!-- consent -->
Delivering his maiden speech on Wednesday, former soldier and journalist Richard Drax – who gained Dorset South from Labour – said that he had entered public life because he could no longer “sit on my hands and watch our beloved country lose her pride.”
He explained that he is by no means the first Drax to sit in the Commons:
“My foray into politics ends a slight drought of Draxes here in the Commons. In an earlier deluge, six ancestors graced this place between 1679 and 1880—all representing the long-lost seat of Wareham. One, John Sawbridge Erle-Drax MP, spoke only once during the entire 32 years of his parliamentary career, and that was to ask the Speaker of the House to open the window. Unsurprisingly, he was known as the “Silent MP”. After his death, he arranged for The Times to be delivered daily to his mausoleum through a specially built-in letterbox; mine is under construction. In view of his Trappist tendencies, for his descendent to be making his maiden speech a mere eight weeks into the parliamentary Session must seem like indecent haste.”
He went on to speak up for Britain’s prison officers:
“We have two prisons in South Dorset, HMP The Verne and the young offenders institution. I have visited both on several occasions and work closely with the governors and the Prison Officers Association. The POA’s plight has been ignored for too long. As in so many other areas, the pendulum has swung too far in one direction. Today, officers feel powerless to do their job effectively as the prisoners appear to have more rights than they do. With 50% remission as the norm, it is difficult to apply meaningful sanctions to prisoners who do not toe the line. It is important to remember, in my humble opinion, that the Prison Service is just that—a service. Without proper support, officers will continue to feel, as they repeatedly describe themselves, a “forgotten army”.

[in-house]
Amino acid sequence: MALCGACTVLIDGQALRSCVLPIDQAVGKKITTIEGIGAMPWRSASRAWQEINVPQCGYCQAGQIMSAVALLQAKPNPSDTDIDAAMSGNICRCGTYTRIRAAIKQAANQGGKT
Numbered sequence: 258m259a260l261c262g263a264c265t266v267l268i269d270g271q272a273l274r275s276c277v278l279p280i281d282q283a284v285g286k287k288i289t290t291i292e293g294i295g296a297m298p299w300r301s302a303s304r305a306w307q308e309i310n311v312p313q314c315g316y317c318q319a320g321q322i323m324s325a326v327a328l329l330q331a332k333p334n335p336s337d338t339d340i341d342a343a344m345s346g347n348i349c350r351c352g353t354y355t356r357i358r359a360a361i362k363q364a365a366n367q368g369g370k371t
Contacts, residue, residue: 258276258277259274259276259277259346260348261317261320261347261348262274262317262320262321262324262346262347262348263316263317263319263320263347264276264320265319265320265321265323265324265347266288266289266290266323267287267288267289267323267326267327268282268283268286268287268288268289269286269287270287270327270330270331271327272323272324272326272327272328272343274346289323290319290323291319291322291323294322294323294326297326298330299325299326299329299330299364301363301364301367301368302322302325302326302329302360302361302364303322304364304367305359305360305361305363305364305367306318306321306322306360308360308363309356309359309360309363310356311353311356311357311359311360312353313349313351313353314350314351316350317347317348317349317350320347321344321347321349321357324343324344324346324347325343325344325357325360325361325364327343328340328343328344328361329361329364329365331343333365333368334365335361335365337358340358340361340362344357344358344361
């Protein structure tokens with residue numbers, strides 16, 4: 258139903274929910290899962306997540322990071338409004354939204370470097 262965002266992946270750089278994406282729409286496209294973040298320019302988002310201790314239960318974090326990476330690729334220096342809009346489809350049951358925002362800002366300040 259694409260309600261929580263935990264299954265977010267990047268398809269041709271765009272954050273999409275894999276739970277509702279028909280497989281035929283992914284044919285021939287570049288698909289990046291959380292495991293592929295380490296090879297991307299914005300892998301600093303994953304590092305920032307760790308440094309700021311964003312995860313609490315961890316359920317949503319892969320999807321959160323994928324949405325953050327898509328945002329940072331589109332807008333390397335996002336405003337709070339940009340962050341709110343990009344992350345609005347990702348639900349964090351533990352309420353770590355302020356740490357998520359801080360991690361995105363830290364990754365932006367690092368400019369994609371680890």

Meanwhile, Tuesday saw a maiden speech from Sarah Newton the newly-elected Conservative MP for Truro and Falmouth. She proceeded to deliver a robust defence of her home county against its detractors:
“I have often heard colleagues in this House refer to Cornwall as part of the Celtic fringe; no doubt that is intended in a humorous way. While I am very proud of the Celtic culture, sports and traditions of Cornwall, there is absolutely nothing “fringe” about Cornwall or its people. Cornwall throughout the ages has been, and will continue to be, at the cutting edge of important national developments, as well as being at the centre of key moments of our history. The industrial revolution started in Cornwall, and Cornwall is leading the new industrial revolution—that of delivering the renewable and sustainable energy that our future economic security and growth will depend upon. Cornwall’s pioneering and inventive people and enterprises are ready to rise to the challenge of delivering a low-carbon economy and secure energy supplies. They need a Government who understand how to create the right market conditions for enterprise to succeed. I believe that this coalition Government have the determination to do this, and so to unlock potential in Cornwall.”